Winning the WAR on Opioids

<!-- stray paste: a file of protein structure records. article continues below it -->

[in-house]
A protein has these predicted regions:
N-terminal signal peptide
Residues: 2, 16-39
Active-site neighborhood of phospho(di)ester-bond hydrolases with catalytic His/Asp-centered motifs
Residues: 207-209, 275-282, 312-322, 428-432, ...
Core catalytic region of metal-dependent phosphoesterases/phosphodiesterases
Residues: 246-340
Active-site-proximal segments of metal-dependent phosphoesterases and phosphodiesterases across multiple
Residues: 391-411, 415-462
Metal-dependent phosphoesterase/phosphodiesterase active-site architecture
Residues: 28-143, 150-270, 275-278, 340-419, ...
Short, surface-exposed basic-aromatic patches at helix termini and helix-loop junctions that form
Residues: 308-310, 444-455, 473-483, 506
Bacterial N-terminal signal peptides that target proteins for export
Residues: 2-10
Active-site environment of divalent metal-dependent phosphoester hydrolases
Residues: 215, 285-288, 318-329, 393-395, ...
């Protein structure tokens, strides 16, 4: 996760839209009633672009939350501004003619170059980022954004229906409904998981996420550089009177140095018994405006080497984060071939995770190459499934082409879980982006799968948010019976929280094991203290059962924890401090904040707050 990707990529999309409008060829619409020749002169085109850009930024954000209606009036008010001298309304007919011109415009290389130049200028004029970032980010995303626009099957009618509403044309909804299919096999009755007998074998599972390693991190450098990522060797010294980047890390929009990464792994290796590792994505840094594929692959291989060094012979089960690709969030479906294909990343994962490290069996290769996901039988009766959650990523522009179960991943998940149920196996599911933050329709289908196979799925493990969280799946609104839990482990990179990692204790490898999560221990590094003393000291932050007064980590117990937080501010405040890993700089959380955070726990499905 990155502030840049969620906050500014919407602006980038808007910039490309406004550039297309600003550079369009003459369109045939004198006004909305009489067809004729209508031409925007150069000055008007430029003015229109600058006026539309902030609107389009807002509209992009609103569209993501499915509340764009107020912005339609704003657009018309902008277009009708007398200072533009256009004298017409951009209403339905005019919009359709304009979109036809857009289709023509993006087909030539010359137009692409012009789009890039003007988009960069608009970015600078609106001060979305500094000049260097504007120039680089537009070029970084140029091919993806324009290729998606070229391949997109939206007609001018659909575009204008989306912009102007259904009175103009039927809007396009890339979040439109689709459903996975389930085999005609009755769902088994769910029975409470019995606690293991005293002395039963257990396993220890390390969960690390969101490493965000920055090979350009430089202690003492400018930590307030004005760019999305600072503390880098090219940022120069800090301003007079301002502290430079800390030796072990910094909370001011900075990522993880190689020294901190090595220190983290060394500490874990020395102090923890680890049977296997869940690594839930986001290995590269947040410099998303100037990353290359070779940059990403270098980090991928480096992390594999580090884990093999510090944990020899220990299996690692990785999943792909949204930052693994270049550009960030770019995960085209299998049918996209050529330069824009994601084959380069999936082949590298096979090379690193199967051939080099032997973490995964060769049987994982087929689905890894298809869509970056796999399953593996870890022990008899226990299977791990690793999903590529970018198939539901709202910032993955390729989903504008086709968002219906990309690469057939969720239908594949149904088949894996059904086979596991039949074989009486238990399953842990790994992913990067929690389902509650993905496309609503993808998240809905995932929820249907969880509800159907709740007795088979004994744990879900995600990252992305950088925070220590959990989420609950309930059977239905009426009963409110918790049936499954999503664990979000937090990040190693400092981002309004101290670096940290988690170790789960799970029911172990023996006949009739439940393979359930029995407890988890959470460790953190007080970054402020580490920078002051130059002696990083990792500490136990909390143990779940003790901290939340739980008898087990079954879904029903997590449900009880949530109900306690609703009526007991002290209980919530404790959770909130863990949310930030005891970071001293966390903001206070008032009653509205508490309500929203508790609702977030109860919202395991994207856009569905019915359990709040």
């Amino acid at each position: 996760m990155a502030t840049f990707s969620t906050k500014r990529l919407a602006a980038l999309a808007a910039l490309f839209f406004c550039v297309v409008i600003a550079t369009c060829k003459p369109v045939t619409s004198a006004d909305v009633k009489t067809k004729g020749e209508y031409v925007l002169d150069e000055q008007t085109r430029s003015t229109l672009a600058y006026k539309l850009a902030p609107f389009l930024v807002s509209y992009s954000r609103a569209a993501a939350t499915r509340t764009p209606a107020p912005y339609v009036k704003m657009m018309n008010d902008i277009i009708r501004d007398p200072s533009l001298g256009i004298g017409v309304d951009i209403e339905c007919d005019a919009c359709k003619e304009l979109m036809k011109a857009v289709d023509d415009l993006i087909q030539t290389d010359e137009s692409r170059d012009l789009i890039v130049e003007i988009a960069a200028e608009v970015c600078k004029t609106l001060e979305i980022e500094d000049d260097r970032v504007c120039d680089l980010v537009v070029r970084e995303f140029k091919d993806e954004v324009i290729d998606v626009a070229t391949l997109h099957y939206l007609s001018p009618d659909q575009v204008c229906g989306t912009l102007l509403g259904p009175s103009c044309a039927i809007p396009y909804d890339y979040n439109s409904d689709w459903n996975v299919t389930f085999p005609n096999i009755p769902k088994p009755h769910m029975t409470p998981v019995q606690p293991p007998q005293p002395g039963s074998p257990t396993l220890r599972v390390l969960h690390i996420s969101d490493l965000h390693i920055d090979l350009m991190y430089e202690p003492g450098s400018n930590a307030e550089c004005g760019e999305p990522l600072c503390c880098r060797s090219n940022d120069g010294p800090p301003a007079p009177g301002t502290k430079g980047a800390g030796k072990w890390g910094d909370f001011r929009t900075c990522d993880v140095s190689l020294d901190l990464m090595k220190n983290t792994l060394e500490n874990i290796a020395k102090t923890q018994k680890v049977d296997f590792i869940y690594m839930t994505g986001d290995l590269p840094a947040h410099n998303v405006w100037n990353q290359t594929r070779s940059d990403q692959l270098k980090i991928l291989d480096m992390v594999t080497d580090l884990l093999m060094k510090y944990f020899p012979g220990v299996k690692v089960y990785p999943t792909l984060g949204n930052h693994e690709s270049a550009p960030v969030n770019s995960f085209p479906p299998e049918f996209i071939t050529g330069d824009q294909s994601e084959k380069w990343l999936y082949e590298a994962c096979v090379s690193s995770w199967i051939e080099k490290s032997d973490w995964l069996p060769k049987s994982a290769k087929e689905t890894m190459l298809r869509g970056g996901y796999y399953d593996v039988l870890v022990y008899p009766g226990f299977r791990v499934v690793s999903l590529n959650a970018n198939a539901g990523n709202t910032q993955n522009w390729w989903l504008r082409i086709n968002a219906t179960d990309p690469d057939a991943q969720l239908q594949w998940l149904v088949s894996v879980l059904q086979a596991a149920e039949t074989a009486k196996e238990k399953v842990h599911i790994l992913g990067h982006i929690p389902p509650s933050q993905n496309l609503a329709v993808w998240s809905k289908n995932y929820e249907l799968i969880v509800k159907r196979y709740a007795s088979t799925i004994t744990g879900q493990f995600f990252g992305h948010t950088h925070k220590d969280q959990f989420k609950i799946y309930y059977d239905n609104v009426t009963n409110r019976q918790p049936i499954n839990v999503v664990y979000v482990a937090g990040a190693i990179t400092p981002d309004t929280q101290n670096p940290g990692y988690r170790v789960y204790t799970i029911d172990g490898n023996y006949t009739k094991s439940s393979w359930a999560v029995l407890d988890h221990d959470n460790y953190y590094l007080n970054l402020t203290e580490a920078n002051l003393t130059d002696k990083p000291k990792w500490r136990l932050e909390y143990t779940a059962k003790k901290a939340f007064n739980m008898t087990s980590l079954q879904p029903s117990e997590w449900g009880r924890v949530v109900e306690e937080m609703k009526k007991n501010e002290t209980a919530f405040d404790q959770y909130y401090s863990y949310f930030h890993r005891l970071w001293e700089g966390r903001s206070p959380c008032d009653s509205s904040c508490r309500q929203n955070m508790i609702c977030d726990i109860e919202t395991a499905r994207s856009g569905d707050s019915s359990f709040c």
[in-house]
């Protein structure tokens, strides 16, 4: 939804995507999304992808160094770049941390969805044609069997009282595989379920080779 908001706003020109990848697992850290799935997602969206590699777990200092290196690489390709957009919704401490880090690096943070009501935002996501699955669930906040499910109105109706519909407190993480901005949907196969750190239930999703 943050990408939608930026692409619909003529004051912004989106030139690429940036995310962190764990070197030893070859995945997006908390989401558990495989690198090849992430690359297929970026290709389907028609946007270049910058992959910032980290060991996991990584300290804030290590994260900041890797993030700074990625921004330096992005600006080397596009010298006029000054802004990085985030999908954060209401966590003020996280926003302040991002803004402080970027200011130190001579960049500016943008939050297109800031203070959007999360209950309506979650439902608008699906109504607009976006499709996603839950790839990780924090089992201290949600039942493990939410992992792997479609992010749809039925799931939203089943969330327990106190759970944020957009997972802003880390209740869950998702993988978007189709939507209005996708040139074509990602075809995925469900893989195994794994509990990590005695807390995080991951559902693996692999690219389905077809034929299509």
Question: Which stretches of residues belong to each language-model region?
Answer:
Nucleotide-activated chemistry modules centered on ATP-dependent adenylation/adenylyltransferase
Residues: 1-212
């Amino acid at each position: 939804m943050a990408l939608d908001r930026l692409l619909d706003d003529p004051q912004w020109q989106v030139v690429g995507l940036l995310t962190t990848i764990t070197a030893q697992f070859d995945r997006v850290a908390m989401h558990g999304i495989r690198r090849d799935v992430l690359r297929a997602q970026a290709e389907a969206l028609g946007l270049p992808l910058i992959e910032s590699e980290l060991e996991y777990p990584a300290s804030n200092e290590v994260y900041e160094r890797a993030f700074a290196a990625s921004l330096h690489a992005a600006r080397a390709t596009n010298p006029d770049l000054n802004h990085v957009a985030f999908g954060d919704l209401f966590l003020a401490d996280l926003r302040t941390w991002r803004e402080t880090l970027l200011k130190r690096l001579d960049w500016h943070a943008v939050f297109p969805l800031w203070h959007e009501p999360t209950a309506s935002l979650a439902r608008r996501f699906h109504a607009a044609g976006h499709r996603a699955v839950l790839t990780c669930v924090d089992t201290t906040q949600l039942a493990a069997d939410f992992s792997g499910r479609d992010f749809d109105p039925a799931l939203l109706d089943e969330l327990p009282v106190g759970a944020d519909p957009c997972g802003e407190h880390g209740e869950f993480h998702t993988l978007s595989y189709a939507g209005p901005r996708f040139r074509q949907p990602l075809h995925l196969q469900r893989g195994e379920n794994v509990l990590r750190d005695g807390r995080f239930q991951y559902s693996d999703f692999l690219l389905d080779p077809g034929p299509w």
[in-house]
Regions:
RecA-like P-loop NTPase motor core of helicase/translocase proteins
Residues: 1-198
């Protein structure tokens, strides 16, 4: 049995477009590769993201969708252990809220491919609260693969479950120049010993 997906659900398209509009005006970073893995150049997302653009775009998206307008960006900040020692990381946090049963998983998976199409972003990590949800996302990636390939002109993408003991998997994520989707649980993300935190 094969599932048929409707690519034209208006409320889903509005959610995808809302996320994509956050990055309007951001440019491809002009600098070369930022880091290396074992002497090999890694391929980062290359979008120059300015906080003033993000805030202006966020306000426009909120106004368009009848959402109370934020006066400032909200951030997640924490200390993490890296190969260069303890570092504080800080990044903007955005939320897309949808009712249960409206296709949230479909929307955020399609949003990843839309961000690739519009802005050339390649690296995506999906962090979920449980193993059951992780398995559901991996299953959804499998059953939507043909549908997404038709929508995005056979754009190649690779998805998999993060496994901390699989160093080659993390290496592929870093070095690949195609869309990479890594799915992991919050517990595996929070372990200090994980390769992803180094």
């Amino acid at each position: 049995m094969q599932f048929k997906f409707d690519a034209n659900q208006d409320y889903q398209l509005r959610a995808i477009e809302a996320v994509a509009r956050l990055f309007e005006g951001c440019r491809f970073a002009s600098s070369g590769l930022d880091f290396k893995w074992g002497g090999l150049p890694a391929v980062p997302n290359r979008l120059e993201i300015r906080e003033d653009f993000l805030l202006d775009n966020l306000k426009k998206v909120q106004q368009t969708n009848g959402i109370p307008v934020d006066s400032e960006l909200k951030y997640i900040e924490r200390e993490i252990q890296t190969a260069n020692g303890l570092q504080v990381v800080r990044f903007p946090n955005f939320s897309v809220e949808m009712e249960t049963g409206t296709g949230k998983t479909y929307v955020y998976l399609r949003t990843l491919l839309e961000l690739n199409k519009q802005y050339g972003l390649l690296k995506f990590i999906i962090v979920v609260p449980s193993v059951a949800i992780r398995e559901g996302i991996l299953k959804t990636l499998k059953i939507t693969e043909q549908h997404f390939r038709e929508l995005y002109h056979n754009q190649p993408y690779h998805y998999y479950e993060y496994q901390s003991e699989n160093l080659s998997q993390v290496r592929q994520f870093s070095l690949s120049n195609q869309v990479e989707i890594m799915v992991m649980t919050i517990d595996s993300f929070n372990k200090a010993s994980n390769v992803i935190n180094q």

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Attorney Peter Mougey speaks with David Shuster on The Conversation about the massive opioid settlement that could help local drug education and...